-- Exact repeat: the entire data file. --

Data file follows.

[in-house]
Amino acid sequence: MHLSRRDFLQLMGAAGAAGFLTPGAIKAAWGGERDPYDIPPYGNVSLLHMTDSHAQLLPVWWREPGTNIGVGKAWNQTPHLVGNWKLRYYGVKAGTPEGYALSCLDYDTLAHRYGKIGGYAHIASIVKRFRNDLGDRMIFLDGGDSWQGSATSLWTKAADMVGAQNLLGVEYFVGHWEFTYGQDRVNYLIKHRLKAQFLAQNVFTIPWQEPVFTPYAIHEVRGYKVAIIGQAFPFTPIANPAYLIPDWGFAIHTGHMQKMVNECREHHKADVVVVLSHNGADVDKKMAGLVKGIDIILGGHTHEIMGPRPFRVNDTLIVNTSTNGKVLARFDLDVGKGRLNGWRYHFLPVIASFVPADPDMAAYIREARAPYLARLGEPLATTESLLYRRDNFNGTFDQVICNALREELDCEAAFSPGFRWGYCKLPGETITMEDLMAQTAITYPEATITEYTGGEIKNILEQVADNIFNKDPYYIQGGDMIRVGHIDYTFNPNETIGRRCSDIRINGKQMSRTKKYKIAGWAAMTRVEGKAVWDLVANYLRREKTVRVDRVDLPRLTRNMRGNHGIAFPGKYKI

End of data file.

[in-house]
Amino acid sequence: MHLSRRDFLQLMGAAGAAGFLTPGAIKAAWGGERDPYDIPPYGNVSLLHMTDSHAQLLPVWWREPGTNIGVGKAWNQTPHLVGNWKLRYYGVKAGTPEGYALSCLDYDTLAHRYGKIGGYAHIASIVKRFRNDLGDRMIFLDGGDSWQGSATSLWTKAADMVGAQNLLGVEYFVGHWEFTYGQDRVNYLIKHRLKAQFLAQNVFTIPWQEPVFTPYAIHEVRGYKVAIIGQAFPFTPIANPAYLIPDWGFAIHTGHMQKMVNECREHHKADVVVVLSHNGADVDKKMAGLVKGIDIILGGHTHEIMGPRPFRVNDTLIVNTSTNGKVLARFDLDVGKGRLNGWRYHFLPVIASFVPADPDMAAYIREARAPYLARLGEPLATTESLLYRRDNFNGTFDQVICNALREELDCEAAFSPGFRWGYCKLPGETITMEDLMAQTAITYPEATITEYTGGEIKNILEQVADNIFNKDPYYIQGGDMIRVGHIDYTFNPNETIGRRCSDIRINGKQMSRTKKYKIAGWAAMTRVEGKAVWDLVANYLRREKTVRVDRVDLPRLTRNMRGNHGIAFPGKYKI